Endemic Incompetence

      Don’t ask. Don’t task. Don’t tax.

      by | 1, Add your Comment | Feb 21, 2013
      John Boehner - Caricature by DonkeyHotey

      Perhaps that’s the problem. The Cons, people stuck in an antagonistic stance, can’t differentiate between words that sound so much alike. Or, they don’t want to be asked, tasked or taxed because they can’t respond. Poor Boehner. His “no, you can’t” rant really was more of a plaint, an expression of his own frustration, discovered in the other because the self is unknown.

      No wonder “Yes, we can” was such a frightening anthem. It hit the nail on the head of the Cons’ problem — endemic incompetence.

      God & Taxes

      Georgia Underground

      by | 0, Add your Comment | Feb 14, 2013
      Georgia Underground

      First, let me assert that money, like any other tool (a hammer, for example) is worthless, unless and until it is taken in hand and put to use. To be more precise, money is a measuring tool, at the same time that it is symbolic of energy expended and value accumulated. In that sense, money somewhat resembles a mound of oyster shells or cache of flint flakes, which attest to the activities of many collectors or one collector over a long period of time. Or the collection may just be evidence of a failure to dispose of waste. Regardless, just as a collection of detritus is tangible evidence of activities which occurred in the past, so is money…

      Behind the Gates

      Ostentatious Crooks

      by | 0, Add your Comment | Feb 7, 2013
      Ostentatious Crooks

      The perception that modern day crooks, in addition to having figured out how to manipulate the law to their advantage, are ostentatious came to me overnight. I suppose it’s a consequence of tracing how and by whom some of our so-called “gated communities” were acquired and developed to hide what are surely ill-gotten gains.

      Perhaps it is unfair to suggest that medical doctors, when they are lured into purchasing building lots on the edges of marshes and meandering streams, nature’s nurseries for crustaceans and fish, are investing ill-gotten gains.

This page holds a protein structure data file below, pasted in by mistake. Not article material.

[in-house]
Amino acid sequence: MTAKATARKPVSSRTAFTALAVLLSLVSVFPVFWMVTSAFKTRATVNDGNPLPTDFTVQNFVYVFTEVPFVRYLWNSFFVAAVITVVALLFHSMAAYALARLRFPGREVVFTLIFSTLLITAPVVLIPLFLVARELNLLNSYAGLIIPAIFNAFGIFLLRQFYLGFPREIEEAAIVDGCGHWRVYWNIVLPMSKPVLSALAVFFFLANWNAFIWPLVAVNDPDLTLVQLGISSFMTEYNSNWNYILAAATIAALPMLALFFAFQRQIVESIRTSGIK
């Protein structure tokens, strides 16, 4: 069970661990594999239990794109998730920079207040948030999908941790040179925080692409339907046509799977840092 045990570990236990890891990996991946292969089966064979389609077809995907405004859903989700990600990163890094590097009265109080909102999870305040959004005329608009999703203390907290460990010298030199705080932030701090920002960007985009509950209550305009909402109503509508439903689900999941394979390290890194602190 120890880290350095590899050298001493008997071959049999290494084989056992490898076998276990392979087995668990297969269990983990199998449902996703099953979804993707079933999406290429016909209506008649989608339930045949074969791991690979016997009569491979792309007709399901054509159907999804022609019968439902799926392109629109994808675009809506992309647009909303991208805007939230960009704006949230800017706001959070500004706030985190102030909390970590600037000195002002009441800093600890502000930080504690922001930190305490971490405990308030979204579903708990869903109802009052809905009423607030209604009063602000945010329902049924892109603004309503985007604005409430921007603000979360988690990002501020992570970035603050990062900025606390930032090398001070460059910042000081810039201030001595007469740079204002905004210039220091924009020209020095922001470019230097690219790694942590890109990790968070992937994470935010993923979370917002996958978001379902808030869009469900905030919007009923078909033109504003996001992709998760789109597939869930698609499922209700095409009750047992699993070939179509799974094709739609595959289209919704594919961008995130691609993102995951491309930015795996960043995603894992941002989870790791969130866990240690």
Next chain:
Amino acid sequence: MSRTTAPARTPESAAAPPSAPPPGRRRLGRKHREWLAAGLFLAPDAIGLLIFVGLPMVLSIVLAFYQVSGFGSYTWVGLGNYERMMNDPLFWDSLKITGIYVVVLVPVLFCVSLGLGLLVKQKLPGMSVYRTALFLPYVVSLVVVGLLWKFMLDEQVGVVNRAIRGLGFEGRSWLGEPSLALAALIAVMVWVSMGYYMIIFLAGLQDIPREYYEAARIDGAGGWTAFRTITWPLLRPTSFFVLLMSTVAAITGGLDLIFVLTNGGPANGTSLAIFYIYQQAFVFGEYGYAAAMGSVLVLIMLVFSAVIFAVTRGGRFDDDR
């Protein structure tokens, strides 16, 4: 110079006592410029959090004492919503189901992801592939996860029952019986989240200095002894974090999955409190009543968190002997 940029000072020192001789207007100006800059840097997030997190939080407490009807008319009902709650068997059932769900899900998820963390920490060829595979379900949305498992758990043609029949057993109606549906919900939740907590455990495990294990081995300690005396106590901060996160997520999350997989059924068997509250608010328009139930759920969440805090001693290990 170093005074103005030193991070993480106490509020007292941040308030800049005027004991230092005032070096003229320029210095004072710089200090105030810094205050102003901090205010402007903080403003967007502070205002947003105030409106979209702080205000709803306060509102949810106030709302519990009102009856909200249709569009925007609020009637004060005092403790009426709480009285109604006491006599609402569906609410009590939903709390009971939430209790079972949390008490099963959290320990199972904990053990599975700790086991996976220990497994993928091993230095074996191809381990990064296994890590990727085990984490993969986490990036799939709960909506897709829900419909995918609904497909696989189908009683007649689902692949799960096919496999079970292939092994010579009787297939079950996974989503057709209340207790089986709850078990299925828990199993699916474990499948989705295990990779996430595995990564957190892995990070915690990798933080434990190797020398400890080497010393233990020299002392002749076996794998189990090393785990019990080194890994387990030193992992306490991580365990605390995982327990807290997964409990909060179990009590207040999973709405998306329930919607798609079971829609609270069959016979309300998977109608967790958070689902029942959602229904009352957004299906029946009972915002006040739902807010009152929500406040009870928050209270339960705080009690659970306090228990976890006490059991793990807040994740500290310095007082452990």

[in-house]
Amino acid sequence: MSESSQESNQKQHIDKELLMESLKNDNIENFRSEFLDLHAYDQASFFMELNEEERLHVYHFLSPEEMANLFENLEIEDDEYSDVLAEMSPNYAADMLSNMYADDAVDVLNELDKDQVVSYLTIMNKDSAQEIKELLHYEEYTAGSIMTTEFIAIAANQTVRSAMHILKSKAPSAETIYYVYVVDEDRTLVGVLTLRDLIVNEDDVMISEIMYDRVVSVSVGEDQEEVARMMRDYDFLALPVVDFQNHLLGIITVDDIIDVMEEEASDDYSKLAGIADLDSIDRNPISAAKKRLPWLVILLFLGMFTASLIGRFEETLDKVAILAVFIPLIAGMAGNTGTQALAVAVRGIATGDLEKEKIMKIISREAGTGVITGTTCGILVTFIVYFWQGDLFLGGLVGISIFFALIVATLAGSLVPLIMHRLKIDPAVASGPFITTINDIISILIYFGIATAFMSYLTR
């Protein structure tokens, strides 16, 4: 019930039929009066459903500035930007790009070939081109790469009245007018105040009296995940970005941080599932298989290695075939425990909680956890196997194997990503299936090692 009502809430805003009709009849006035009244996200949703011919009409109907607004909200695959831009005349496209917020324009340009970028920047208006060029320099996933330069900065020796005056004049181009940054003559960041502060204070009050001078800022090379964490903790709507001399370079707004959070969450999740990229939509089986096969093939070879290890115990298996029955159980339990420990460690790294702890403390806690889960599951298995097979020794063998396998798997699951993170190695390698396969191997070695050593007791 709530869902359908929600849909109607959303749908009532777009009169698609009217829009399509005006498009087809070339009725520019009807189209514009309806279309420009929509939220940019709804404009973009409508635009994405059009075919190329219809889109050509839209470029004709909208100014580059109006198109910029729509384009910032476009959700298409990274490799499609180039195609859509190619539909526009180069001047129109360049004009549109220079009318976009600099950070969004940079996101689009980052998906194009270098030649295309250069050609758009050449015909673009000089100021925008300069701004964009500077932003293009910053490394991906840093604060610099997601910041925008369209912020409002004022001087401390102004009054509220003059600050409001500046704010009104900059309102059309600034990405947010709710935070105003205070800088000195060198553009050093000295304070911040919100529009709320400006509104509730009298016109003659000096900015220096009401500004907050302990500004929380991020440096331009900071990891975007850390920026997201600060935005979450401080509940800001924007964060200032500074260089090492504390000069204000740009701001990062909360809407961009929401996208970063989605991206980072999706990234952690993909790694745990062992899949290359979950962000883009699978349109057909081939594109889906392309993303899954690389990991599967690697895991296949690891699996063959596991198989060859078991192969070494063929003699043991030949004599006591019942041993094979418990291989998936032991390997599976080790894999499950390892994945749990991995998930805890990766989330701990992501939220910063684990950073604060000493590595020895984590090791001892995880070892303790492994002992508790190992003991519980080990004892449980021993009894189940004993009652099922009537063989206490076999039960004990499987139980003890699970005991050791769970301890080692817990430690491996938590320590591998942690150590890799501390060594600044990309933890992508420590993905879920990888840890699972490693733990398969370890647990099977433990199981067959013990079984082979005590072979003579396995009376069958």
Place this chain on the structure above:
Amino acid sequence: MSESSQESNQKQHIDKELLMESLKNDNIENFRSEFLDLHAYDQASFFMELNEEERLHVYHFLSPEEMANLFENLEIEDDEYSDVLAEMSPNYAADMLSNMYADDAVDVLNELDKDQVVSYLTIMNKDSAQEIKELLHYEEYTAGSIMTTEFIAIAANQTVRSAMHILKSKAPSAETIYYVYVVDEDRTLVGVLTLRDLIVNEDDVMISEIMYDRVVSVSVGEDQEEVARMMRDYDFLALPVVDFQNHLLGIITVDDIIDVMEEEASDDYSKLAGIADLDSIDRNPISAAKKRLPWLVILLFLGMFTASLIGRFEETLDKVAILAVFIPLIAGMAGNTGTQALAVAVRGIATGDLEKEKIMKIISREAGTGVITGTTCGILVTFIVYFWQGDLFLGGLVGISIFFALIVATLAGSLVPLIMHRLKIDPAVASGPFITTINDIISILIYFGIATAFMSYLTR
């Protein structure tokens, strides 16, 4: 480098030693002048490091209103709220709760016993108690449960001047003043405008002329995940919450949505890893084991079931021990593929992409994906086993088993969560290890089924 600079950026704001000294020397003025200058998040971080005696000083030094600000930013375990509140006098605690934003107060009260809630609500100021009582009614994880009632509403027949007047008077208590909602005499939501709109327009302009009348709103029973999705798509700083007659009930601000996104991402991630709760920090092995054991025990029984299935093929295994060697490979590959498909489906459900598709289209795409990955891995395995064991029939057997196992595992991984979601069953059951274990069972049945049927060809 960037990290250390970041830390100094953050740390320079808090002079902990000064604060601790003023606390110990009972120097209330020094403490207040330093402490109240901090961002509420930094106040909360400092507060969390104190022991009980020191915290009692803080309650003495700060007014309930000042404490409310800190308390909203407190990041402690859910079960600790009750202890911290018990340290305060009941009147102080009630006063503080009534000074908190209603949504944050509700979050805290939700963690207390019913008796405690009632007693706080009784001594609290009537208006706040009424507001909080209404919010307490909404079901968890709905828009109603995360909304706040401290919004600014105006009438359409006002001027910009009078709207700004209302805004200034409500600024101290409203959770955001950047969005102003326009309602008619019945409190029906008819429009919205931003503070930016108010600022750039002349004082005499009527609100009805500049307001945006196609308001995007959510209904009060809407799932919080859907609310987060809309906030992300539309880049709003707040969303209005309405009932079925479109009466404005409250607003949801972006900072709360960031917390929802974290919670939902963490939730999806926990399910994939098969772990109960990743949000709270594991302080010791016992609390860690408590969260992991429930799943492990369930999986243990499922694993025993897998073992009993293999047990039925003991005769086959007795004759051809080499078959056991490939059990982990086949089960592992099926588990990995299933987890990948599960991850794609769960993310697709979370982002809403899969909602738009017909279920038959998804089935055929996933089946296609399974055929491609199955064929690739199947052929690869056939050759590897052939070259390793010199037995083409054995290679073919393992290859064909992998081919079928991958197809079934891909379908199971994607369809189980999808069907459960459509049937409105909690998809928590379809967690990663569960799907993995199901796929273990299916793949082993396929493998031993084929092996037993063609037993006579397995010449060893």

Laundering More Than Sin

      Give Unto Caesar

      by | 0, Add your Comment | Jan 27, 2013
      Give Unto Caesar

      e IOR is, apparently, not a believer. The IOR, in case that acronym is unfamiliar, is the Istituto per le Opere di Religione, the Vatican’s bank. That’s right, the place where the Church of Rome collects money is where the work of religion originates. “In God We Trust”

      Anyway, the Vatican’s bank is in bad odor with the Bank of Italy, as the Economist reports

      Control

      Why the Cons Need Guns

      by | 1, Add your Comment | Jan 17, 2013
      Why the Cons Need Guns

      It has been reported that Congress has stymied research on gun violence since 1996 by explicitly prohibiting the spending of dollars for such research by the Centers for Disease Control. Given that one of the main Congressional obligations is to “provide for the general welfare, the wanton killing of thirty thousand persons a year, most in the prime of life, coming up with a sensible strategy to prevent that would seem a reasonable thing to do. But, the Congress taking the opposite tack is actually quite rational.

      Exploitation Or Slaughter

      On Sally Miller and the Rule of Law

      by | 4, Add your Comment | Jan 11, 2013
      On Sally Miller and the Rule of Law

      The Australian journalist, John Bailey, came upon the story of Sally Miller while he was researching the laws of slavery in the United States. He found the story of Sally Miller, supposedly a German child who had been sold into slavery so compelling, that he decided to use her as an exemplar of what he’d discovered about the law and tell her story, which had been publicized in many pamphlets in the early 19th Century when the action took place, from a slightly different perspective. Legal principles do drive the tale.

      Full Faith & Credit

      The Fiscal Kerfuffle

      by | 2, Add your Comment | Jan 2, 2013
      The Fiscal Kerfuffle

      We are agitating over figments of the imagination.